Colockum Tarps Fire

A helicopter works portions of the Colockum Tarps Fire near the Wild Horse Wind and Solar Facility on Aug. 1. (Brian Myrick / Daily Record file photo)

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It will take many years for pine and fir trees, shrubs and native shrub-steppe grasses to recover from the devastating 126-square mile Colockum Tarps wildfire of last summer in Chelan and Kittitas counties.

The blaze started in the southeast corner of Chelan County the morning of July 27, near the intersection of Colockum Pass and Tarpiscan roads, when bad electrical wiring powering an orchardist’s irrigation pump arced and ignited dry grass and brush.

The flames quickly headed south and west from the rural community of Malaga and were pushed by sustained windy and dry weather into Kittitas County.

Three occupied homes and one vacant home were destroyed in Chelan County, another was heavily damaged and a sixth home suffered minor damage in the blaze, which also destroyed many outbuildings.

The wildfire was mostly contained by mid-August after costing more than $11 million to fight, involving nearly 1,000 firefighters on the ground and crews operating tanker and pumper trucks, bulldozers and fixed wing aircraft and helicopters for attacks from the air.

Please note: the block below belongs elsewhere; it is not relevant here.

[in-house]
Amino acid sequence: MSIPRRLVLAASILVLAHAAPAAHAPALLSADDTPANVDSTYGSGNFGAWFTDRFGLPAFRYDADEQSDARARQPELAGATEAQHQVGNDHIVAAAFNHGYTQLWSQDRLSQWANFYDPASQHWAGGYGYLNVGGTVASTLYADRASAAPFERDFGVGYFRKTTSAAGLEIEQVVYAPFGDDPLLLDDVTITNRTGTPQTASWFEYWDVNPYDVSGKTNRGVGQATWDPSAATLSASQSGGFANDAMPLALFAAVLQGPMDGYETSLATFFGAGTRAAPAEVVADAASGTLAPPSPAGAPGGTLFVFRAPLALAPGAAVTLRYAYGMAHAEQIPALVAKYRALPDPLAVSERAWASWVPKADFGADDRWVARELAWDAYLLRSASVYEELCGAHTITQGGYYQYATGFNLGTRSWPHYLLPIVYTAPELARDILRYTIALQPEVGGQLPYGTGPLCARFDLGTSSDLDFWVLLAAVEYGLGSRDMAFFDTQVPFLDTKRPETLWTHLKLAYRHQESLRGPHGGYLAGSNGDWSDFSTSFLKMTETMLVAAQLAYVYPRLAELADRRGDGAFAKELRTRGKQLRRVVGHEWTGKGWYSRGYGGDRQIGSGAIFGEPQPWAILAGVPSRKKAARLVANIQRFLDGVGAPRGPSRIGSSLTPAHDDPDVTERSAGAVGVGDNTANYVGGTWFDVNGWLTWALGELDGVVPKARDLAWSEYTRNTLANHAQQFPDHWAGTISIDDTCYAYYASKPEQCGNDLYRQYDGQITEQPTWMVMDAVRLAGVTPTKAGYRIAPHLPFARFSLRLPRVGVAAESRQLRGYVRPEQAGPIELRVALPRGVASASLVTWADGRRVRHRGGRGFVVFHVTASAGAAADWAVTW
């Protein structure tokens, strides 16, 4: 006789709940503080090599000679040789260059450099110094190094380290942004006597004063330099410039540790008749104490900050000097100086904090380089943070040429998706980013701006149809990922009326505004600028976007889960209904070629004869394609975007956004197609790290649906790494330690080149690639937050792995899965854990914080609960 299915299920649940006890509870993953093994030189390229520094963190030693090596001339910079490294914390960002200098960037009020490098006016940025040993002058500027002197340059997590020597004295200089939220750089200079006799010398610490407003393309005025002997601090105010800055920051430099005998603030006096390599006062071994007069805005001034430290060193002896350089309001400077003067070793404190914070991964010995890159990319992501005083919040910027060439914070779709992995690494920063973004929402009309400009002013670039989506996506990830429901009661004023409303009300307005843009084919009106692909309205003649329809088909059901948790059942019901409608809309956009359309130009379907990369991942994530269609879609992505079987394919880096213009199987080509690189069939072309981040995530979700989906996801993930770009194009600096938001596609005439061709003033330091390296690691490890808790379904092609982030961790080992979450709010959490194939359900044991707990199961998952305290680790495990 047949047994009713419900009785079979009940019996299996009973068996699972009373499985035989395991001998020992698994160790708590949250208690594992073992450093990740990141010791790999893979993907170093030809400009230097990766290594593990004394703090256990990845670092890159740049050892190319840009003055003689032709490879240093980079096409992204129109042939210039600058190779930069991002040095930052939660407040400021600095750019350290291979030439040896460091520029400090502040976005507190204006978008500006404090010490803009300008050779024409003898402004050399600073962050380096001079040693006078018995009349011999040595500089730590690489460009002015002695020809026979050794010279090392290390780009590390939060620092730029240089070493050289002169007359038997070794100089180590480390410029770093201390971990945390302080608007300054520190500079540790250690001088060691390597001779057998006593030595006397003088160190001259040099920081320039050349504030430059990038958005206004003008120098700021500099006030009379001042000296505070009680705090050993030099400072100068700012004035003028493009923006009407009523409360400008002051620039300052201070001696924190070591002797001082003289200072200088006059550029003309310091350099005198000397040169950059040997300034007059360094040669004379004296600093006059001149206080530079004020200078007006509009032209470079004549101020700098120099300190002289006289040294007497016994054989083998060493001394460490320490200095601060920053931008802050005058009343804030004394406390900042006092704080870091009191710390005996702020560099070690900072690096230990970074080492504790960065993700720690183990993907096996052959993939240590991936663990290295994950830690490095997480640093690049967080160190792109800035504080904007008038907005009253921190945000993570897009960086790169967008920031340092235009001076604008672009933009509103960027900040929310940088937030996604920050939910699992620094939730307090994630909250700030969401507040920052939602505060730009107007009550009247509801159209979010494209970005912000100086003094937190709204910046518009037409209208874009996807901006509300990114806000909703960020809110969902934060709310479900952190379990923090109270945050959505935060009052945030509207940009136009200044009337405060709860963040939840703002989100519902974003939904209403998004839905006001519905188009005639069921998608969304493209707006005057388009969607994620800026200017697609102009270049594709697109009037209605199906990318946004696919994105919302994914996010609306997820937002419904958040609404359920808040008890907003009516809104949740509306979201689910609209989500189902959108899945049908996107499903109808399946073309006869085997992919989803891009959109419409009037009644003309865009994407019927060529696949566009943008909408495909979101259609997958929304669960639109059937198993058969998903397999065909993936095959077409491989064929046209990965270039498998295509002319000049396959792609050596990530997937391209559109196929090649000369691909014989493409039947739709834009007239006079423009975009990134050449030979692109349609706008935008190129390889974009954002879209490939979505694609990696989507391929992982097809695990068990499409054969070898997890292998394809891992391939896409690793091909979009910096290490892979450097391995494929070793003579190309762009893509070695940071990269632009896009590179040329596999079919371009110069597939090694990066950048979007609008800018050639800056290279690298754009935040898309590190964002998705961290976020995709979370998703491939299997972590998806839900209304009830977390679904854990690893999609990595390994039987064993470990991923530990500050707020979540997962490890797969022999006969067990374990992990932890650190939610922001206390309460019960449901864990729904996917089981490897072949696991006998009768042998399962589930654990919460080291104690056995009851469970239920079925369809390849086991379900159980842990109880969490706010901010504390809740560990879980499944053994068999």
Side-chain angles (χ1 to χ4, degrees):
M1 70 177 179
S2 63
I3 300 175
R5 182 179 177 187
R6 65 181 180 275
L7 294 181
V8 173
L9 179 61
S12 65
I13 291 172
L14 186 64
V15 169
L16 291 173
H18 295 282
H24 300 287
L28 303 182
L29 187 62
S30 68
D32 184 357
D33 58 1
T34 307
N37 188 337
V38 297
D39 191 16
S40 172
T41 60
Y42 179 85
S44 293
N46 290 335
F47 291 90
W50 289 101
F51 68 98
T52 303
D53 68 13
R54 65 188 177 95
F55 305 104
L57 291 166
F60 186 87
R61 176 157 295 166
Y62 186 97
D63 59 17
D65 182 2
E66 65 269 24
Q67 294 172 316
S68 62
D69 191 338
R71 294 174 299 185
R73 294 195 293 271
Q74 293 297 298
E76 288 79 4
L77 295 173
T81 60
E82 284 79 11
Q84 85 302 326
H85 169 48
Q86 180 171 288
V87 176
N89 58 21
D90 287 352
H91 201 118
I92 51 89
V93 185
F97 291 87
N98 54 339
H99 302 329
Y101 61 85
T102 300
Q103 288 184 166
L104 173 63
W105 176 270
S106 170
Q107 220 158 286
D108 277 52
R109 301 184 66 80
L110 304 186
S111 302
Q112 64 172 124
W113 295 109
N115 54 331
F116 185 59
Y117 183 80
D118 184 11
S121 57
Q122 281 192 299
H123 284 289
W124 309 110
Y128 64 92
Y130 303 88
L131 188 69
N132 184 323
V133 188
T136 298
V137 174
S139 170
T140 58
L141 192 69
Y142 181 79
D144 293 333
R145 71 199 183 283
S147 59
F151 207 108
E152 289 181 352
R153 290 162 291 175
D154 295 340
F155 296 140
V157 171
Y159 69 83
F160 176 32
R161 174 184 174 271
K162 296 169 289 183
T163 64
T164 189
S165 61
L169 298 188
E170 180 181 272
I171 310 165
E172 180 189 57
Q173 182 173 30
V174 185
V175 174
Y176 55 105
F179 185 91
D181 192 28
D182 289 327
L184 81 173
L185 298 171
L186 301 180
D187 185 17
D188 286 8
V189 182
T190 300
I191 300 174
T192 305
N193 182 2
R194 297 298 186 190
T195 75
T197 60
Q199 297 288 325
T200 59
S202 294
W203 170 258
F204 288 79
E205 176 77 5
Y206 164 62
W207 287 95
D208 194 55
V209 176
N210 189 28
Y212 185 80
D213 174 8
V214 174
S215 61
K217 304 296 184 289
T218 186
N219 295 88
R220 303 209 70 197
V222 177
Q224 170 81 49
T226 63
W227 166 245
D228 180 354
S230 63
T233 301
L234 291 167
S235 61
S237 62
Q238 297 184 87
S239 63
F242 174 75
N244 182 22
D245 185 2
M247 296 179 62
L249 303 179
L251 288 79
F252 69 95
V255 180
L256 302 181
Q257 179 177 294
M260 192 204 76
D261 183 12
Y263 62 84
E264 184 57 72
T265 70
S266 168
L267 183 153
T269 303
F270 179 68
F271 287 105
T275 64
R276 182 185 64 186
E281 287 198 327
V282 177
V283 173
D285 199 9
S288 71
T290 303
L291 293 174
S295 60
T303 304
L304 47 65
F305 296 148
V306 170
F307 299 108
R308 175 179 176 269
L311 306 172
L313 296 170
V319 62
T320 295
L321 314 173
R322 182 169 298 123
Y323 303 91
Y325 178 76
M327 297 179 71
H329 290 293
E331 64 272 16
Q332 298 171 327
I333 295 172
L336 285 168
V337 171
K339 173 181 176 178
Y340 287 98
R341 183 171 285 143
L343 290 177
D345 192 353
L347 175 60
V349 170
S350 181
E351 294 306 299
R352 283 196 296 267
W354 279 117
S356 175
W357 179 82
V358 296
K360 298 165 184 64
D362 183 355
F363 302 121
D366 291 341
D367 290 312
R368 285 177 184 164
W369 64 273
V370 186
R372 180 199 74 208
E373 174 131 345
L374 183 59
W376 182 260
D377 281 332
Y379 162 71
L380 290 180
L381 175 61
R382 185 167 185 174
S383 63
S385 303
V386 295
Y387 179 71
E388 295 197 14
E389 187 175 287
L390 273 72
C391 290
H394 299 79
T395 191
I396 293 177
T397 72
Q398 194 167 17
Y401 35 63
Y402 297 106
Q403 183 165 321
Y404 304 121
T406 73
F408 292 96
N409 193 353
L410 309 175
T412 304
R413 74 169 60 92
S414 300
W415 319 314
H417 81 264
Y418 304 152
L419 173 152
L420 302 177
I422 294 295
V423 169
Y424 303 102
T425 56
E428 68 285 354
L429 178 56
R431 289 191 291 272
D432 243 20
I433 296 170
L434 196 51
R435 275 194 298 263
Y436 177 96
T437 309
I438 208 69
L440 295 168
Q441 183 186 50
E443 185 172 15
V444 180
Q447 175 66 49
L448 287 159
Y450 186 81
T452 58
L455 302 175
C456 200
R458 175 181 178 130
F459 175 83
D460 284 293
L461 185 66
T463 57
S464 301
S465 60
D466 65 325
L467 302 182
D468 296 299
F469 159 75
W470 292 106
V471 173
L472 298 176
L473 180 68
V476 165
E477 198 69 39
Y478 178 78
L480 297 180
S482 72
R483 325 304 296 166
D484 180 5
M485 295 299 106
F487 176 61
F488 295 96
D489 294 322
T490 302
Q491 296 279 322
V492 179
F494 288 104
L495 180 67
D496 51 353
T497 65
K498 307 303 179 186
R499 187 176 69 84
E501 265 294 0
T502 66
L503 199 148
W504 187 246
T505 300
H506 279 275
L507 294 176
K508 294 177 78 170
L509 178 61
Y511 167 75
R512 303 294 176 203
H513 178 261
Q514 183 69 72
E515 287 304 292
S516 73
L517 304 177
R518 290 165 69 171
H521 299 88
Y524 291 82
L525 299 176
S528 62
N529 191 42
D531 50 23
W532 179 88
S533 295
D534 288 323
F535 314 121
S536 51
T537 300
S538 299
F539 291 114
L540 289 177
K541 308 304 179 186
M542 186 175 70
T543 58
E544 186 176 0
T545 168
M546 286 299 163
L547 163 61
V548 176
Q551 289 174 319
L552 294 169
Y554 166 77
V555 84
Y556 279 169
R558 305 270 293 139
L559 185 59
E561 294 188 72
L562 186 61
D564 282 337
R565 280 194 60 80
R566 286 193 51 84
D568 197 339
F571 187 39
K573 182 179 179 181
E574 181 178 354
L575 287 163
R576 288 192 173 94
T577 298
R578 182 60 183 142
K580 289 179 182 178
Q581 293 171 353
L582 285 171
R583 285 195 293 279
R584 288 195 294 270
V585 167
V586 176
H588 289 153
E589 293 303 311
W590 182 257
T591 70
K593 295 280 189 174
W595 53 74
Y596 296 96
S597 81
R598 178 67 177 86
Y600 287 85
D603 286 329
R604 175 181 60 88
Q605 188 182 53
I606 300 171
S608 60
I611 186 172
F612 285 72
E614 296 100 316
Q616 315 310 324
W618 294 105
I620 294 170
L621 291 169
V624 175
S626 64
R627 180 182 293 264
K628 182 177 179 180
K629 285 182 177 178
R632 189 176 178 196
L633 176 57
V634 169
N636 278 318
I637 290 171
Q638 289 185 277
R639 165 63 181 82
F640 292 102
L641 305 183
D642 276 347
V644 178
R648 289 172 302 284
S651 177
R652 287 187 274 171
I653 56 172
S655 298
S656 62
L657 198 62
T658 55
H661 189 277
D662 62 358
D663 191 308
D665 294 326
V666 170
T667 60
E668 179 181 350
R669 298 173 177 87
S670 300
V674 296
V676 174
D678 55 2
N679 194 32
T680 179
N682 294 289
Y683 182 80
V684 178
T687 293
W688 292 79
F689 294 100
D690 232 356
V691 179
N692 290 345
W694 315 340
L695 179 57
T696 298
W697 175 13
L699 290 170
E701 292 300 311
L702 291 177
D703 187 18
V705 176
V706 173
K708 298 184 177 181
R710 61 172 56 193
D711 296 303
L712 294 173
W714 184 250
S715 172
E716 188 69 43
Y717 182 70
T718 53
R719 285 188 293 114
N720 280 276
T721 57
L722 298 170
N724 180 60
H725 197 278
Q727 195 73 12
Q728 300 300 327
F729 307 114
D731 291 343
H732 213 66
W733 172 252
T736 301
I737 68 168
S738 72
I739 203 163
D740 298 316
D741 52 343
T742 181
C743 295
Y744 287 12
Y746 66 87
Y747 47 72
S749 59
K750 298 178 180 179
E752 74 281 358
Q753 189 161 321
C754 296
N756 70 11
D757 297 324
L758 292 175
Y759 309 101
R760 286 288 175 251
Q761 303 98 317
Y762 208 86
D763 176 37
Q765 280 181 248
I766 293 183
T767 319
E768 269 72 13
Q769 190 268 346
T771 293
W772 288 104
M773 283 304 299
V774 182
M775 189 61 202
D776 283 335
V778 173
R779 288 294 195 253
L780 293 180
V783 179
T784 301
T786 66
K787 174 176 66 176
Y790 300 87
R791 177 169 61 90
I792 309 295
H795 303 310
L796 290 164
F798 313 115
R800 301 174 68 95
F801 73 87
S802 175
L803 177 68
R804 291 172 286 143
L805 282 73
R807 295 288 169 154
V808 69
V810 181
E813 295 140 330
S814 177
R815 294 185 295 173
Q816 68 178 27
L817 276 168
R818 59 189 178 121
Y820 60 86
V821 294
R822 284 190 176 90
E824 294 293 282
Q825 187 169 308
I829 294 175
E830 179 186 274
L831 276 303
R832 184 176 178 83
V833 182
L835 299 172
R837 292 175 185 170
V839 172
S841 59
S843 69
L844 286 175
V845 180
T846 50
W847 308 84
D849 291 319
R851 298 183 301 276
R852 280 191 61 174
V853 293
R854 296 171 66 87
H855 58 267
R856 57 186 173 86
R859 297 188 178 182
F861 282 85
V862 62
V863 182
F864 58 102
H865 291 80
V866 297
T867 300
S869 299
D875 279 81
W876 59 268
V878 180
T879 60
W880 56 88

A firefighting camp was set up outside Kittitas Elementary School.


The fire also caused the temporary evacuation of several rural home sites, including the areas of upper Parke Creek, upper Colockum and Secret Canyon areas, Cooke Canyon, Sheep Creek, Trail and Tucker creeks.

The Wild Horse Wind and Solar Facility was evacuated for a time.

The Kittitas County Sheriff’s Office later confirmed 71 residents were evacuated, while some residents opted to stay in place.


The Colockum Tarps wildfire burned about 85,184 acres of public and private lands.

Of that total, more than 73,000 acres of the state Department of Fish and Wildlife’s Colockum and (farther south) Quilomene wildlife areas burned.

In the Quilomene, the fire followed the bottom of creek valleys running west and east that have more dense stands of native grasses, shrubs and small trees.

These streamside riparian areas are crucial to the ecosystem and are heavily used by birds, deer and elk, and a variety of other animals as corridors for movement, feeding and drinking, cover, and nesting for birds, according to state Department of Fish and Wildlife officials.

The fire was mostly contained Aug. 11 and was halted in the area of Quilomene Road before it could go much farther south into the Whisky Dick Wildlife Area.

Torrential rains from a thunderstorm moving through the area the night of Aug. 11 caused mudslides, road and stream washouts and pileups of eroded sediment and mud in both counties. Homes were damaged in Chelan County.

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